No-one crosses the Bay of Biscay for fun. At least no-one with anything approaching a normal sense of enjoyment.
It is like the M25, a rather grim necessity worth enduring to reach the lovely places to which it leads.
If you are heading from northern Europe to the Mediterranean or the Canaries for an Atlantic crossing, or like us, bringing a boat back from southern Europe in order to explore the British Isles and the Baltic, Biscay is the sailing super highway you must take.
The only other options are to travel through France via the Canal du Midi, which though undoubtedly beautiful would take a few weeks and mean missing out Portugal and Spain – thus the untold pleasures of Galicia – altogether. Or if you have a casual couple months to spare you could avoid a Biscay crossing by coastal hopping all the way around Atlantic France then northern Spain but not all of this coast is terribly hospitable to yachts.
Biscay by contrast can be crossed in a few days and, since our time to get back to the UK was limited, this was our only viable choice.
The Bay of Biscay is a name that sailors utter with trepidation. Biscay has a tough guy reputation which it works hard to maintain. The reasons for Biscay’s fear factor are multiple.
Depressions formed over the Atlantic whip up strong prevailing westerly winds, often blowing as gales throughout the winter months, which have flung many a ship onto Biscay’s 310-mile lee shore.
Blowing over an ocean fetch of nearly 3000 miles, these westerlies have ample time to create huge seas.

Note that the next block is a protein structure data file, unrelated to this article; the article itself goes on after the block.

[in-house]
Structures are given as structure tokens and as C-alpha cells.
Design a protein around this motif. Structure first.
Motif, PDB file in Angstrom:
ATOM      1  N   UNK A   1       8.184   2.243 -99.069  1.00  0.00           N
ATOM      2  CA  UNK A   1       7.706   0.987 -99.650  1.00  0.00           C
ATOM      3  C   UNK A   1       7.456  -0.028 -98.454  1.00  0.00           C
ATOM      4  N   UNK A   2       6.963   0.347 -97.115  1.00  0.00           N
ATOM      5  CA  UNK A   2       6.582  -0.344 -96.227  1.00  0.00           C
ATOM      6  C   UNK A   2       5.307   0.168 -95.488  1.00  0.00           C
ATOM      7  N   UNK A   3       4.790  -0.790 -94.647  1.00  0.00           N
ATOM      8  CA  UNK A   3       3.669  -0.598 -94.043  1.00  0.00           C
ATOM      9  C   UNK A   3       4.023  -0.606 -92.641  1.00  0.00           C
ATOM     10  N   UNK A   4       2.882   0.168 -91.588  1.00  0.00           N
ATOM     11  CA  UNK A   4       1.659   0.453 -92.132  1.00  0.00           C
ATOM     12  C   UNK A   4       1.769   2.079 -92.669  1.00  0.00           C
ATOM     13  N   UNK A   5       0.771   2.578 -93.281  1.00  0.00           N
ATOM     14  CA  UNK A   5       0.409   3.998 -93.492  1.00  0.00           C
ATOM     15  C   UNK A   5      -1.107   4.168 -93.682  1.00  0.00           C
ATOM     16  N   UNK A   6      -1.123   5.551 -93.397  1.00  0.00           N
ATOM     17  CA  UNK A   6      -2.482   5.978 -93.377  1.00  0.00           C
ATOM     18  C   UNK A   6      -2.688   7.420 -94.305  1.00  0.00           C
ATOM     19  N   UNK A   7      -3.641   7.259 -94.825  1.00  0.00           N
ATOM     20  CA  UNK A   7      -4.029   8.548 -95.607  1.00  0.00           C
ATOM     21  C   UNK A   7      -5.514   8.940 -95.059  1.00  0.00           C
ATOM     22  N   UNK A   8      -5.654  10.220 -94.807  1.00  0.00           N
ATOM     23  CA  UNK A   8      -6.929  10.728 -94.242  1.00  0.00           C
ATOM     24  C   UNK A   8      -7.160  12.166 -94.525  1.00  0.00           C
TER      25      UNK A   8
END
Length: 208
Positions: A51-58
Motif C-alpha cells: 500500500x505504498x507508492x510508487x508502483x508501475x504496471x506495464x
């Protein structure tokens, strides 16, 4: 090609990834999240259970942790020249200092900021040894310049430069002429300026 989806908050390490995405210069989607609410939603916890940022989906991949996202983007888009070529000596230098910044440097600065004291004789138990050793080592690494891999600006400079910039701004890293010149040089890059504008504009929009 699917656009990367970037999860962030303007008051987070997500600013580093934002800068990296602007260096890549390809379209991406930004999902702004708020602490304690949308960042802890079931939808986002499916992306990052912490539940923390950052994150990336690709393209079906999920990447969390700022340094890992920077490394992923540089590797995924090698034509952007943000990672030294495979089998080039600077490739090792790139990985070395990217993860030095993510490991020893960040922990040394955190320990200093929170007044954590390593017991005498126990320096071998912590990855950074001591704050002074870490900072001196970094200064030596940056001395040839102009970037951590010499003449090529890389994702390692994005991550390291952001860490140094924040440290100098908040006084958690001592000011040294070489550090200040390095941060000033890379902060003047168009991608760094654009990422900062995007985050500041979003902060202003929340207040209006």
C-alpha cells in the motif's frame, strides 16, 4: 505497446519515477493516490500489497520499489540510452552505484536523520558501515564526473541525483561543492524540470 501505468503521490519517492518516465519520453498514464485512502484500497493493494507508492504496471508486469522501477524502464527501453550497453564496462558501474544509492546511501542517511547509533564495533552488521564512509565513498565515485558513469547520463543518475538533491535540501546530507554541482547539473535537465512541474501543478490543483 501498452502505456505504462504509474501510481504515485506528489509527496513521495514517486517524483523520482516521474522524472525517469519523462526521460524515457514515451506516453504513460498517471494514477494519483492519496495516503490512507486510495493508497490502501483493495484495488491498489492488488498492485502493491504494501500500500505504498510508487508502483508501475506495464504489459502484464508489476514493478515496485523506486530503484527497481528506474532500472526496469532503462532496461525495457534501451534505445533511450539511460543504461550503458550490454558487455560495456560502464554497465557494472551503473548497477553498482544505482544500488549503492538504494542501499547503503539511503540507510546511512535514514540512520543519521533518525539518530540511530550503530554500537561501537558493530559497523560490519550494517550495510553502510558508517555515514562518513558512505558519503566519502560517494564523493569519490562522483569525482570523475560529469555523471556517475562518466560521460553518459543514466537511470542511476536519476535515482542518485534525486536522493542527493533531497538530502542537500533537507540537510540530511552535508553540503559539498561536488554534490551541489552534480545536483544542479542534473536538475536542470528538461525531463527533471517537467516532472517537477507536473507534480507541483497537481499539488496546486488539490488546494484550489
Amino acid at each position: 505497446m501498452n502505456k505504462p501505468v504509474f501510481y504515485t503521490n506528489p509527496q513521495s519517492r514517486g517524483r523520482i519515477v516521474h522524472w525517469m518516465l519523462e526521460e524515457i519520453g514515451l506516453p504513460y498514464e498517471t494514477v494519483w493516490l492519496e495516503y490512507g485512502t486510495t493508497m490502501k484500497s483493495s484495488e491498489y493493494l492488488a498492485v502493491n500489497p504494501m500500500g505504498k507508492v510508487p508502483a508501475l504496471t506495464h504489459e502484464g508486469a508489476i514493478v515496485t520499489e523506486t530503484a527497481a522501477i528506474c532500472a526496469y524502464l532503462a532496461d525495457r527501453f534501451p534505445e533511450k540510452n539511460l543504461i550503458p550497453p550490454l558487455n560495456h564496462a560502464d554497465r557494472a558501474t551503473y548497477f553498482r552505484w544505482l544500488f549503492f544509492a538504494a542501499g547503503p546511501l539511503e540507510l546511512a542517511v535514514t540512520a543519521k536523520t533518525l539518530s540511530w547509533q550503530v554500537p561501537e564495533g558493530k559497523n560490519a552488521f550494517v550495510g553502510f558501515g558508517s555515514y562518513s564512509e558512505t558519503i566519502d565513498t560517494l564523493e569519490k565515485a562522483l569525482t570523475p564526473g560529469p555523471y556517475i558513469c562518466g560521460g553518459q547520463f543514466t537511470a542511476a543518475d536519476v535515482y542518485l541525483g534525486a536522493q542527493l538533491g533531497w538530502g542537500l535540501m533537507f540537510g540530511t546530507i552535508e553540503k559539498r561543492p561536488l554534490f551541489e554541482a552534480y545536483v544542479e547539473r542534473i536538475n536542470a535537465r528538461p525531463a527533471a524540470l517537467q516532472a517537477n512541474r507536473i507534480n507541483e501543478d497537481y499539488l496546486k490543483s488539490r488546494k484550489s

This is combined with Biscay’s geography which sees the deep ocean of 4000 or so metres meet the continental shelf, shallowing to a mere 200 metres in just 30 nautical miles meaning any ocean swell can stack up quickly into big steep waves.
Lastly, the rocky nature of much the coastline reflects the waves creating messy, confused seas.
This is why any sensible sailor planning a Biscay crossing will firstly not do so in winter and secondly will watch the forecasts with hawk like focus to grab the first weather window that appears.
Having said that, the perfect weather window of sunny skies and kindly winds to see you all the way across on a pleasant beam reach is unlikely to present itself, ever. Our attitude was, if it’s safe to go, we go, come rain or shine.
Rather than return direct to the UK, we headed for southern Brittany, a three-day sail from the Ria de Arousa, to break the journey and catch up on sleep.
The forecast had promised force four to six south westerlies for the first day and night veering round to the west then north on the second day but dropping slightly, eventually coming round to the north west.
This seemed simple enough, we’d head north as quickly as possible on the south westerlies, then be able to turn off north east towards Brittany on a close reach when the wind veered to the north.
The forecast had also promised rain, lots of rain.
Now I have a small piece of advice for anyone planning a sail in the vicinity of Biscay or indeed Portugal and Galicia, based on my sample of size of, ahem, one.
Whatever the forecast predicts on the Beaufort scale, add on another one of two for good measure.
The force four to six we had been promised from the south west gained strength as the first afternoon progressed into evening, 25 knots, 30 knots, 35 knots and more. By about 11pm, it was a force seven gusting gale force eight. With the boat as tightly reefed as a corseted 18th century maiden, we flew north, surfing down the waves to reach a maximum boat speed of 10.3 knots, thanking our ocean gods the wind and waves were behind us.